As a black-and-white negative film shooter, I like everything about 645. My philosophy has always been that the smaller the negative is, the easier the camera is to handle in the field; the larger the negative is, the easier (or perhaps I should just say the more rewarding) it is to make the print in the darkroom. As a shooter of only medium-level skills but a darkroom whiz, I’ve always chosen to go with 35mm – it gives me the advantage where I most need it, and I enjoy (and am up to) the challenge of struggling with the small negatives in the darkroom. The 645 format tilts the balance a bit more towards fine printmaking, without much cost in the field. It’s a nice compromise. It’s also practical – sixteen 645 negs fit on to a single proof sheet, yet are generally large enough to “read” as contacts. I even like the aspect ratio (shape) of the neg. I like the fact that the 645 negative is still small, allowing the use of shorter lenses with better d.o.f. (for roughly the same angle of view on 6×7 as the RF645’s 65mm normal lens, a lens of 80mm focal length is needed). So now you’re aware of all my many prejudices <g>.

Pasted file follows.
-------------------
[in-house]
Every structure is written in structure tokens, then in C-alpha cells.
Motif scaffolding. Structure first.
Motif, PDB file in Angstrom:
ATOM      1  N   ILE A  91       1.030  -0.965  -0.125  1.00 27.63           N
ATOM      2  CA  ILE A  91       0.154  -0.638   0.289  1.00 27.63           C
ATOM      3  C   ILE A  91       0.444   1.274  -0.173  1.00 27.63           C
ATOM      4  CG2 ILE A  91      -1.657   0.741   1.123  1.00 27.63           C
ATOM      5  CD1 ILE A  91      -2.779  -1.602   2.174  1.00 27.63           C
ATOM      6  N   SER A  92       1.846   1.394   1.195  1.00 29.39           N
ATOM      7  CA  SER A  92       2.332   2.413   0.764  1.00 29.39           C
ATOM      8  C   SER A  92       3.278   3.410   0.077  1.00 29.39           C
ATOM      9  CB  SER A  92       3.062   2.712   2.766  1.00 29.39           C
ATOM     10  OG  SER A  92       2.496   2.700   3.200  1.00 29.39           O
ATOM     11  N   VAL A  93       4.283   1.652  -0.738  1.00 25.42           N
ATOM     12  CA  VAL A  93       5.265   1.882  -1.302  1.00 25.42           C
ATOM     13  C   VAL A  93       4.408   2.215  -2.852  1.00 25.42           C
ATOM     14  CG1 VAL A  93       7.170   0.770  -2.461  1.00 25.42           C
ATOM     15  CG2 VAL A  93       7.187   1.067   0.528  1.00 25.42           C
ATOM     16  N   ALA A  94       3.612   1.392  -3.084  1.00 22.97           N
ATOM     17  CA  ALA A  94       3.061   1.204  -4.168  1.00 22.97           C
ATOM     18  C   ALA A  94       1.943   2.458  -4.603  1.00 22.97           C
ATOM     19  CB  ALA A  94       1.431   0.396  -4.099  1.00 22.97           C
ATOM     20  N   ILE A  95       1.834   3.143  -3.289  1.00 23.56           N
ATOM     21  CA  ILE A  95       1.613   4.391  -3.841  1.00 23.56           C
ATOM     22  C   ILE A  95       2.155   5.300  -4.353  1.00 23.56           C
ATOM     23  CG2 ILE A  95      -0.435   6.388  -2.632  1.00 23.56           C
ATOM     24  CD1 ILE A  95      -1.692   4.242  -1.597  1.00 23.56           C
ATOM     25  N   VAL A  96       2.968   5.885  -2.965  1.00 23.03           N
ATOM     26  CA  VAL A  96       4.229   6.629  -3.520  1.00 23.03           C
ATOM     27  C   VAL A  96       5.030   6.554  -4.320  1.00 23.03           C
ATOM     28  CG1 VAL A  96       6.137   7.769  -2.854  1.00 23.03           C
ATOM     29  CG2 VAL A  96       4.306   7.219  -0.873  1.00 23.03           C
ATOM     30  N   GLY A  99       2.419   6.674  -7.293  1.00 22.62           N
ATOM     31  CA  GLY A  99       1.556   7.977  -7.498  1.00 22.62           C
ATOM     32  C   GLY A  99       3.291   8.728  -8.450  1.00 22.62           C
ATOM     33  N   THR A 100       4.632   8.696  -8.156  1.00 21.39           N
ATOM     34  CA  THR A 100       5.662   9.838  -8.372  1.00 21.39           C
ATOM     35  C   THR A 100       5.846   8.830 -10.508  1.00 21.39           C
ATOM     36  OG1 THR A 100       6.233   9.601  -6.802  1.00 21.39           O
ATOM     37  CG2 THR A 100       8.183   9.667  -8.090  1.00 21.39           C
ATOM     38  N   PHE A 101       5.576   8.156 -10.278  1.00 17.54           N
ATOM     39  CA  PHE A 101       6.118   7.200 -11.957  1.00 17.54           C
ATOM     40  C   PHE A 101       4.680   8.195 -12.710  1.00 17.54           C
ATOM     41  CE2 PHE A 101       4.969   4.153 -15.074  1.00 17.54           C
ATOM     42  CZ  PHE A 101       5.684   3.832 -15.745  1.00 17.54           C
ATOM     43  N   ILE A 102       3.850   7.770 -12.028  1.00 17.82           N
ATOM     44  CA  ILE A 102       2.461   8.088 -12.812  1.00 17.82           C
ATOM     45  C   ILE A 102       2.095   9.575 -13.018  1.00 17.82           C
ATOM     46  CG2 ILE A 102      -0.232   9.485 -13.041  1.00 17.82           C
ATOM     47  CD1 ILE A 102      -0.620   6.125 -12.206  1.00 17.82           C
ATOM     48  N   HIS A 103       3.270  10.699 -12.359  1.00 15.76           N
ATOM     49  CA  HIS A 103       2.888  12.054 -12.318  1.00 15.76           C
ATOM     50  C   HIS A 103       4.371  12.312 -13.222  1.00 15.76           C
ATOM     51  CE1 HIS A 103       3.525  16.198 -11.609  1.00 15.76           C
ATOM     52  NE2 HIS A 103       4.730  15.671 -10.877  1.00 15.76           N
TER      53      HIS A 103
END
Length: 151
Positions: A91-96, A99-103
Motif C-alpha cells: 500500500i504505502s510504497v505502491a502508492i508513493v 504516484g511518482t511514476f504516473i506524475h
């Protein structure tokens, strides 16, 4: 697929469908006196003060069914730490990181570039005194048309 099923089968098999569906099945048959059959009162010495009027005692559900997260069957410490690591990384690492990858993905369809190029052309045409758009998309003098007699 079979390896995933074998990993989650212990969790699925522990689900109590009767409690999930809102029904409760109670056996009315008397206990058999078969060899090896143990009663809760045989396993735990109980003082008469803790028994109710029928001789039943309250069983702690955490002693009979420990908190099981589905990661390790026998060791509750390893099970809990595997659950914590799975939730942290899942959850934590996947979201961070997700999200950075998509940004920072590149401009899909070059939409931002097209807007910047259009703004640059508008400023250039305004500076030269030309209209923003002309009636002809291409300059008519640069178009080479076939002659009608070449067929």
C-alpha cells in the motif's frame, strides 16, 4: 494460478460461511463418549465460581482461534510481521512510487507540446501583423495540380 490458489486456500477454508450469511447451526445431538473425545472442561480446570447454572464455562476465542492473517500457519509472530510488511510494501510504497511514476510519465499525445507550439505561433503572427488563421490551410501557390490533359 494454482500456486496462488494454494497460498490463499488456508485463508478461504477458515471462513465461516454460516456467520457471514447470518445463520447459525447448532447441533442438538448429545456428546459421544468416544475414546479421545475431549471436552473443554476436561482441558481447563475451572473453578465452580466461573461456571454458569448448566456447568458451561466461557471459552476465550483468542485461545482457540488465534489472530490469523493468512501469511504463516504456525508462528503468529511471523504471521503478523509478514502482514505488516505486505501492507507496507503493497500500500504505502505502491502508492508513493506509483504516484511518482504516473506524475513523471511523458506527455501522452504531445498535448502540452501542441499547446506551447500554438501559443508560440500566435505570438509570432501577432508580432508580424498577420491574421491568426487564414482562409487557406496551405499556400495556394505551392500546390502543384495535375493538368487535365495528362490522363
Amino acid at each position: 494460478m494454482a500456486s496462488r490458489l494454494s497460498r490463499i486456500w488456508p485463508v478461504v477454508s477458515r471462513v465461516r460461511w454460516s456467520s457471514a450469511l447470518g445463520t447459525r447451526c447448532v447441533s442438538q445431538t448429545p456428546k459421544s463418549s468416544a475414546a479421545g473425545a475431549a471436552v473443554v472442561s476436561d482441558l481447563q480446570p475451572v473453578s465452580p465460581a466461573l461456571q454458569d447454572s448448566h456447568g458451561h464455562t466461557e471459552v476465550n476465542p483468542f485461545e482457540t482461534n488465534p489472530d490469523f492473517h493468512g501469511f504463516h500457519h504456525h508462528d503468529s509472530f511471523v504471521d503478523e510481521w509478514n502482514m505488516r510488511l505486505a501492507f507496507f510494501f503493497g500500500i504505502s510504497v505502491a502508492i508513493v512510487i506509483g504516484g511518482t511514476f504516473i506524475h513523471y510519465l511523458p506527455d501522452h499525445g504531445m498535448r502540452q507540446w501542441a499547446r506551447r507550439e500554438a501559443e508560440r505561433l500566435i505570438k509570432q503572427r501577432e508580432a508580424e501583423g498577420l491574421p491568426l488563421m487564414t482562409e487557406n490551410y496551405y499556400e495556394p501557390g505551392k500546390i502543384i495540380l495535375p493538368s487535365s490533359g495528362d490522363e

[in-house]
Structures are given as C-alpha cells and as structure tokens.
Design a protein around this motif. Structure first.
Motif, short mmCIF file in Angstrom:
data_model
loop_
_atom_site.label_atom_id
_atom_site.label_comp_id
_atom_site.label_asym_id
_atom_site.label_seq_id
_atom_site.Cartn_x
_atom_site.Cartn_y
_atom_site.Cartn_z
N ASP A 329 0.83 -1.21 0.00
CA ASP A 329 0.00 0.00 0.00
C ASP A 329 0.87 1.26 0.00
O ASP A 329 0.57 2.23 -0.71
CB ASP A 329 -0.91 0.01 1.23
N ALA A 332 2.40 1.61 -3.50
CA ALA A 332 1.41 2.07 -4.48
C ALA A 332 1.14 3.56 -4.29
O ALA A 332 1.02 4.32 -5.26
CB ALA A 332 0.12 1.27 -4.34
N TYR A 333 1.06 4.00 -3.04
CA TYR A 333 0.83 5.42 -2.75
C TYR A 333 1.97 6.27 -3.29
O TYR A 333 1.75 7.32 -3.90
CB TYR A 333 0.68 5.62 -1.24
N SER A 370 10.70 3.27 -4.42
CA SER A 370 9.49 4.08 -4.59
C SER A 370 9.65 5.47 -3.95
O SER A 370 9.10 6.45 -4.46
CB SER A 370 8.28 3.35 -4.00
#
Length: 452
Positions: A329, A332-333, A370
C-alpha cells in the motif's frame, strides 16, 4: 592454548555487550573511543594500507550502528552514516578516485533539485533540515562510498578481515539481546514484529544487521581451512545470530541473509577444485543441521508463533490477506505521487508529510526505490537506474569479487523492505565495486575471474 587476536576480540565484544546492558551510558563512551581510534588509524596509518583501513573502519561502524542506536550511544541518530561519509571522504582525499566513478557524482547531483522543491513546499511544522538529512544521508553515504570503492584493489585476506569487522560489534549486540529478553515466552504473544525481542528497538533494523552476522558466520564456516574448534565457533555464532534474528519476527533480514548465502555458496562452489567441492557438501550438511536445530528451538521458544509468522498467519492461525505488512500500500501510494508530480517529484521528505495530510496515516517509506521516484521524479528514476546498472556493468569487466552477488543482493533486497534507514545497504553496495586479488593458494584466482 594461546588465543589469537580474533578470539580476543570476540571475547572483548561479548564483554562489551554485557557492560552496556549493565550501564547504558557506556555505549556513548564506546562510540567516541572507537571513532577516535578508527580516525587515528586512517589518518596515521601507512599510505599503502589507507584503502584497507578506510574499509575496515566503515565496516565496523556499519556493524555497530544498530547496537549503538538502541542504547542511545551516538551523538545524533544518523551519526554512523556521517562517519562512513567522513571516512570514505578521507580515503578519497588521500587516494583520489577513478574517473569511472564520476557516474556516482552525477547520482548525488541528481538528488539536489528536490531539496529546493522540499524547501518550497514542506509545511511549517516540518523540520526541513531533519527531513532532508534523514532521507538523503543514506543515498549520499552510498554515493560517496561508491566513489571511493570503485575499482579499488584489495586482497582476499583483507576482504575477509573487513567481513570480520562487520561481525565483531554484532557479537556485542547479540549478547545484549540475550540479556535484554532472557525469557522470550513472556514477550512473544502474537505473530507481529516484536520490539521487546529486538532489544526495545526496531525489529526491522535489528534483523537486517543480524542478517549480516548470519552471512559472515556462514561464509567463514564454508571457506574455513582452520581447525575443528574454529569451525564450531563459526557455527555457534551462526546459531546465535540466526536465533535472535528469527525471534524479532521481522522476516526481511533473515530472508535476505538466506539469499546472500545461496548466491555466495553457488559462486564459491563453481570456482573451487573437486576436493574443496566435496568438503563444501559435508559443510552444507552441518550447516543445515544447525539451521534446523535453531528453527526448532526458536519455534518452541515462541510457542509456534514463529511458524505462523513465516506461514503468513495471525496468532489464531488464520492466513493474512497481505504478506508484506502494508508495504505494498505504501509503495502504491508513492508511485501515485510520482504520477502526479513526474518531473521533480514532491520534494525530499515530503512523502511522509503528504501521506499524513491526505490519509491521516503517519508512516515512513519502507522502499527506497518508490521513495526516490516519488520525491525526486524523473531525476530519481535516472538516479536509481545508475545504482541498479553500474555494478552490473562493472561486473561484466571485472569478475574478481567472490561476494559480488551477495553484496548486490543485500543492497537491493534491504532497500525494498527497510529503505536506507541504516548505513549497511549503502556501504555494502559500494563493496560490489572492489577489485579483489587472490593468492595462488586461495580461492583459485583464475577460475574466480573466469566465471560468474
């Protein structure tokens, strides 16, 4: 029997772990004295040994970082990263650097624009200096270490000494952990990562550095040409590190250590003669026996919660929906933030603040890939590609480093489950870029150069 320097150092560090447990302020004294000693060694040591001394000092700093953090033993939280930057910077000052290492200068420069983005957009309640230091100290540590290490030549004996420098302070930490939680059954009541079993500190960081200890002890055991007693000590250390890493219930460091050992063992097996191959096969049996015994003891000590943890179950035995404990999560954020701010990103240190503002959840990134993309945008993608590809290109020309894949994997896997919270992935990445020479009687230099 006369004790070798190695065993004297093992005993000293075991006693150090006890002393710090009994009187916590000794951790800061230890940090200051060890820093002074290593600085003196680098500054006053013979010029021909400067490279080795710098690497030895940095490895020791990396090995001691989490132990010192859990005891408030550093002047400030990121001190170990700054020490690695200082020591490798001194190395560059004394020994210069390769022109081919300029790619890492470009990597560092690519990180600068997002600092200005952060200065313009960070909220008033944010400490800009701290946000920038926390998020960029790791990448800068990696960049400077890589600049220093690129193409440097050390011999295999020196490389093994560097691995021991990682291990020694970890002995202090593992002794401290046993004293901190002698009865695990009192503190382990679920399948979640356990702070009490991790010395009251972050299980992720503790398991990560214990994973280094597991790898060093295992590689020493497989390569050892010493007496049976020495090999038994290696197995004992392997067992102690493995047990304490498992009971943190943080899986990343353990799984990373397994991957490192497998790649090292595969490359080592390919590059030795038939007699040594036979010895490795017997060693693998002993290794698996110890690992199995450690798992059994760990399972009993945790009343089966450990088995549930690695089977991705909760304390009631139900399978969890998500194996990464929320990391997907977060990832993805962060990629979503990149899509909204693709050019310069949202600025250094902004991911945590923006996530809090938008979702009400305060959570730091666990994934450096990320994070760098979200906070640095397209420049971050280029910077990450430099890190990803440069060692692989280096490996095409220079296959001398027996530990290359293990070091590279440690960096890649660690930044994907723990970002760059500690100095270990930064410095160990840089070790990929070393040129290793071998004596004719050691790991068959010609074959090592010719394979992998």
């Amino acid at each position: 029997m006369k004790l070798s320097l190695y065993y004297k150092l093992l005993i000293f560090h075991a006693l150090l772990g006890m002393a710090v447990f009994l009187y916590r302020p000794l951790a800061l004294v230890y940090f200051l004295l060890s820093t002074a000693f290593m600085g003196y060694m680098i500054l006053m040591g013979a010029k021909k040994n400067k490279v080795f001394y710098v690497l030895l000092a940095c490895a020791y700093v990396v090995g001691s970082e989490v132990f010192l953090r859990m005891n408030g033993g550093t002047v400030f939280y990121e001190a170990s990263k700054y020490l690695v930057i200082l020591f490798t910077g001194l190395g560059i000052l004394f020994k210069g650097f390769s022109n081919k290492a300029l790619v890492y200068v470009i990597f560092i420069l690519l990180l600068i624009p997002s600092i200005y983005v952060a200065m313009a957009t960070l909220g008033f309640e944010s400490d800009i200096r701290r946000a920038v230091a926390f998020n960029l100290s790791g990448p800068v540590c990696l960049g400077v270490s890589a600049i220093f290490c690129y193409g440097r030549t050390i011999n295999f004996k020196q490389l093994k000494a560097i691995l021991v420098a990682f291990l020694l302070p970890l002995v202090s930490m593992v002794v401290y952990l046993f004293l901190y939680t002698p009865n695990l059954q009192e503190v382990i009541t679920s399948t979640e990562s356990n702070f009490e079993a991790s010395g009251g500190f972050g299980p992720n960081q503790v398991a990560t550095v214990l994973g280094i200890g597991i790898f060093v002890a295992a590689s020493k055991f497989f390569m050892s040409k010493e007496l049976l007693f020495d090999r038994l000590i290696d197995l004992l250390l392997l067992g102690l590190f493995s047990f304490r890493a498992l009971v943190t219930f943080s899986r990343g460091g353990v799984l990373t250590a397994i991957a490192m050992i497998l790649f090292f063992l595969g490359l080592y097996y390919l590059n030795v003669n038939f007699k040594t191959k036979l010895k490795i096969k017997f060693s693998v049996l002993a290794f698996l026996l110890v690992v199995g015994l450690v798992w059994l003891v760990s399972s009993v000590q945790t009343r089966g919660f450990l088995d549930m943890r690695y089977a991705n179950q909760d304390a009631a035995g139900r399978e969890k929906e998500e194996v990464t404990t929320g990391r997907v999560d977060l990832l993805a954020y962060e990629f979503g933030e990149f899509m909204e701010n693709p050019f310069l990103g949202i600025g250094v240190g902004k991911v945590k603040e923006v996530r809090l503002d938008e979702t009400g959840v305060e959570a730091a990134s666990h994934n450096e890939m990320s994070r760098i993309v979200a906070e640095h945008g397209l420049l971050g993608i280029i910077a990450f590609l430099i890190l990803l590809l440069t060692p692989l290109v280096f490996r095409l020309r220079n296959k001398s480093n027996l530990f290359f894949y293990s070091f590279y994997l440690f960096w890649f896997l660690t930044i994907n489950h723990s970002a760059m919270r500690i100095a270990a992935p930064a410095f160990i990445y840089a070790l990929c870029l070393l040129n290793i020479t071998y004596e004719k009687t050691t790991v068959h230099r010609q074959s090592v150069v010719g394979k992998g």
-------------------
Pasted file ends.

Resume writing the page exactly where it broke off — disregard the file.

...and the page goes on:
Another camera I wrote about for the now-defunctCamera & Darkroomwas theFuji GS645s, a plastic, manual rangefinder 645 I’m sure many of you are familiar with. Like the Fuji, the Bronica’s viewfinder is “turned on end” relative to what 35mm shooters are accustomed to. Its native orientation is vertical. I really liked the oldGS645S’svertical format orientation back when I used that camera. Even when I shoot with 6x6cm square format, I tend to crop to a vertical 645-sized frame much of the time. I find it a natural way to see.Michaelwasn’t pleased with this vertical orientation, since he says 75% of his shooting is horizontal. For me it tips more towards verticals. So my reaction is the opposite of his.